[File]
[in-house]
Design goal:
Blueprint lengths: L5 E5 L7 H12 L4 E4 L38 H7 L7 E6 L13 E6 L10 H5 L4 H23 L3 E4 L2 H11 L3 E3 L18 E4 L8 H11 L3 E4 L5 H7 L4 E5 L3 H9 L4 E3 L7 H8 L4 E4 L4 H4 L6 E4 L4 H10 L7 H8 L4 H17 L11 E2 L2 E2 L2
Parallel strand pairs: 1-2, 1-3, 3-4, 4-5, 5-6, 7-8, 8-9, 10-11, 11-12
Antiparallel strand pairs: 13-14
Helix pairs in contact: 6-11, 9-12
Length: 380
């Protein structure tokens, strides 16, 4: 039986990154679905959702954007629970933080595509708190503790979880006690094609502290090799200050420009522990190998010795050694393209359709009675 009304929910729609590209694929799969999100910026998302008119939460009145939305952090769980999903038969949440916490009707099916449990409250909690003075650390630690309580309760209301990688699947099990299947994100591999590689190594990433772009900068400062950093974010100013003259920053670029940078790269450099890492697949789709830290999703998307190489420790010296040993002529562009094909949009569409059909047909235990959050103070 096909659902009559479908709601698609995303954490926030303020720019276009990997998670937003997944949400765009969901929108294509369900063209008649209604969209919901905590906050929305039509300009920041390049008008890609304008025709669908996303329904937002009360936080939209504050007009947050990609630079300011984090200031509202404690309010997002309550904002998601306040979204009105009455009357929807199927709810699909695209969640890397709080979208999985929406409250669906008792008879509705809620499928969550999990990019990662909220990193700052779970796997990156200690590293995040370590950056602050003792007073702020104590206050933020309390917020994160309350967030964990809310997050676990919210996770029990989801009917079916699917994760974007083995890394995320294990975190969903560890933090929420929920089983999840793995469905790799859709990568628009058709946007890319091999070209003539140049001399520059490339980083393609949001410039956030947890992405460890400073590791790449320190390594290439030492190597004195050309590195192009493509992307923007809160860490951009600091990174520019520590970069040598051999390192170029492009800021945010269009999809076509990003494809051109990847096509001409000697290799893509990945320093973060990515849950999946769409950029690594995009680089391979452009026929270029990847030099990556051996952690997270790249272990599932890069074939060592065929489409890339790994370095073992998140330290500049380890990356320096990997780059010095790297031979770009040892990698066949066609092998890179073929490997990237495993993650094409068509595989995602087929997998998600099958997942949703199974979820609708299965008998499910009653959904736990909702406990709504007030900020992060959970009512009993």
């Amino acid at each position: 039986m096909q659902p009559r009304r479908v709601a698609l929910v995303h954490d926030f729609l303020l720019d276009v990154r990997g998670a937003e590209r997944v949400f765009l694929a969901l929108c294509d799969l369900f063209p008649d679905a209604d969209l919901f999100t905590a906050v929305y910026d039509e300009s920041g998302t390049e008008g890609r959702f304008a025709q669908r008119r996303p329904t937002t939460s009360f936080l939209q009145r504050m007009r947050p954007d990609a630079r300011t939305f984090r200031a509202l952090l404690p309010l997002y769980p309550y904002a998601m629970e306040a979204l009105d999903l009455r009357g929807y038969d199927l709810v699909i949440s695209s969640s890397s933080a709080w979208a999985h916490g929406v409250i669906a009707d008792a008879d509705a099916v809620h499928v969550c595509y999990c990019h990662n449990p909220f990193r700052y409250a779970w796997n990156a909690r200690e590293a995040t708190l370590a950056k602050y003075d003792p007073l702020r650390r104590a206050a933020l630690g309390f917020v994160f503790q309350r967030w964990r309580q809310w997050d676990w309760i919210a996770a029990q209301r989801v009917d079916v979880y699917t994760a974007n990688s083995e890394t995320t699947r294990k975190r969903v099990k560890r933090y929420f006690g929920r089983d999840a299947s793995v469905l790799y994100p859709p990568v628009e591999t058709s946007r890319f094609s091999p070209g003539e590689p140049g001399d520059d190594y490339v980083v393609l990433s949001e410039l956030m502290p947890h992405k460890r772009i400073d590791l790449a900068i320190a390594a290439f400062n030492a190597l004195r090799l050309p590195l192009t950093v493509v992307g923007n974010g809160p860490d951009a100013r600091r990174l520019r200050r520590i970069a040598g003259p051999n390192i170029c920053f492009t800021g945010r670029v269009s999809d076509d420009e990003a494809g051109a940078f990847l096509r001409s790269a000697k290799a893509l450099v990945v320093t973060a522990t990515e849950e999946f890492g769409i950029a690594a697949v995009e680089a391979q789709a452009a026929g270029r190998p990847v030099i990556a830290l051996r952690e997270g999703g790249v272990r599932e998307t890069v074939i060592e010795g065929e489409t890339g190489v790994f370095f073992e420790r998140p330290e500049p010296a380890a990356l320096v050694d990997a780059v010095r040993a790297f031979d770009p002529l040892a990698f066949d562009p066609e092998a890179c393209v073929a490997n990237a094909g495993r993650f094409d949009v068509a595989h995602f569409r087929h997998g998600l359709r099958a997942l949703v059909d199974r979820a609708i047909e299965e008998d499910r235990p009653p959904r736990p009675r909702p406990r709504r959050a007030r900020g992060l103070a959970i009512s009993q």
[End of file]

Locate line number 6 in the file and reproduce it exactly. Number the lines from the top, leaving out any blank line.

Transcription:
Helix pairs in contact: 6-11, 9-12